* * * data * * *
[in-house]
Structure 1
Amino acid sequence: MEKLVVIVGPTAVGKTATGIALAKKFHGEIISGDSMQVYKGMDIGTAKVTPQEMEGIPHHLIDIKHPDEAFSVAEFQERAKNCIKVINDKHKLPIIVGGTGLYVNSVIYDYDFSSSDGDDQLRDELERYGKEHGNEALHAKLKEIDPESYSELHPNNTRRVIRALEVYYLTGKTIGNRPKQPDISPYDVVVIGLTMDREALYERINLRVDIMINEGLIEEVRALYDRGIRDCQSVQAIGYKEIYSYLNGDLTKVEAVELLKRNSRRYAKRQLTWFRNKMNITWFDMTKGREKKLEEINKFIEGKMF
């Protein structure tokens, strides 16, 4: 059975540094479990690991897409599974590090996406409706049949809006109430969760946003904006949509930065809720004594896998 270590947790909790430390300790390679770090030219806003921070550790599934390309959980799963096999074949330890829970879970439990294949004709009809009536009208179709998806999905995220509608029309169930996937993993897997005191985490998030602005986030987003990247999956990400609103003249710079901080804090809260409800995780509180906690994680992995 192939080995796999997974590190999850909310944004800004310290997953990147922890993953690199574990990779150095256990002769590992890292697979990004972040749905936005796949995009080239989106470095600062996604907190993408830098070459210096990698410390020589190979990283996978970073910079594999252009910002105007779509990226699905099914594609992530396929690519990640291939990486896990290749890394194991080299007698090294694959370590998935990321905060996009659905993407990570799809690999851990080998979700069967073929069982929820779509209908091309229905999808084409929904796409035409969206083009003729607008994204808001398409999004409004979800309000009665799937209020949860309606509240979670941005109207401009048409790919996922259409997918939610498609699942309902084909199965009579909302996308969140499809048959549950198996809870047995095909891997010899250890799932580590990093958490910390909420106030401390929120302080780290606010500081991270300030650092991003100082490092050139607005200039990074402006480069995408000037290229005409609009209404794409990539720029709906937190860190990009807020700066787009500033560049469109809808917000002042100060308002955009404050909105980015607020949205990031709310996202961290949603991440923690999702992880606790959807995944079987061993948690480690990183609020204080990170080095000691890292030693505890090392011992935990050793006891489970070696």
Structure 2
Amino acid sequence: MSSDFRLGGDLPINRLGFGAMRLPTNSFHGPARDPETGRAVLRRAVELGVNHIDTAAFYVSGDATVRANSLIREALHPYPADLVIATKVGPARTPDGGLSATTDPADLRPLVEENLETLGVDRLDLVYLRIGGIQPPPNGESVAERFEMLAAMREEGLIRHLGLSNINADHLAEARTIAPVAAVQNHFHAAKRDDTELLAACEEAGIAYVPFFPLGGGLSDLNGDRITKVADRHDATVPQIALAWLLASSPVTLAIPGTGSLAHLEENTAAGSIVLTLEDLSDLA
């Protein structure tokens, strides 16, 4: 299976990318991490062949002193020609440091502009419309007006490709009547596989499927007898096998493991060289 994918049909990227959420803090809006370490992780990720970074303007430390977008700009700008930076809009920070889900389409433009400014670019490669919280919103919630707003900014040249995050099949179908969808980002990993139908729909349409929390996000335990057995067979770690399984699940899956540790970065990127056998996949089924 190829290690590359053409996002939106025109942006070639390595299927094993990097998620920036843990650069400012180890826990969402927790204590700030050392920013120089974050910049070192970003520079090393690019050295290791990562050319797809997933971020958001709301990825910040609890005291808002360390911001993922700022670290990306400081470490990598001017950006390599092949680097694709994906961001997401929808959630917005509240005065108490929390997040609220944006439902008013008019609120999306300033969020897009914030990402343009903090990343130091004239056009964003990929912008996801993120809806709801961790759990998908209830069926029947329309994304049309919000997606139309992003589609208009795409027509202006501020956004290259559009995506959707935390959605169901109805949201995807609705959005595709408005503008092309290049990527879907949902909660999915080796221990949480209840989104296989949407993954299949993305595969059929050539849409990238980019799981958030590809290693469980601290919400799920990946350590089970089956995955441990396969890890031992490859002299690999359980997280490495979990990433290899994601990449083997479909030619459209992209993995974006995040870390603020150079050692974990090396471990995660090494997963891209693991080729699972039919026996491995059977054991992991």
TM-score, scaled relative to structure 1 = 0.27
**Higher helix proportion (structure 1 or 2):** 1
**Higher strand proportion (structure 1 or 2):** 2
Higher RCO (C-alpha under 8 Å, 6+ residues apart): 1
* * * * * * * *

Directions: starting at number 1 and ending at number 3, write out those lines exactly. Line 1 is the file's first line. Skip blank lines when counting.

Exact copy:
[in-house]
Structure 1
Amino acid sequence: MEKLVVIVGPTAVGKTATGIALAKKFHGEIISGDSMQVYKGMDIGTAKVTPQEMEGIPHHLIDIKHPDEAFSVAEFQERAKNCIKVINDKHKLPIIVGGTGLYVNSVIYDYDFSSSDGDDQLRDELERYGKEHGNEALHAKLKEIDPESYSELHPNNTRRVIRALEVYYLTGKTIGNRPKQPDISPYDVVVIGLTMDREALYERINLRVDIMINEGLIEEVRALYDRGIRDCQSVQAIGYKEIYSYLNGDLTKVEAVELLKRNSRRYAKRQLTWFRNKMNITWFDMTKGREKKLEEINKFIEGKMF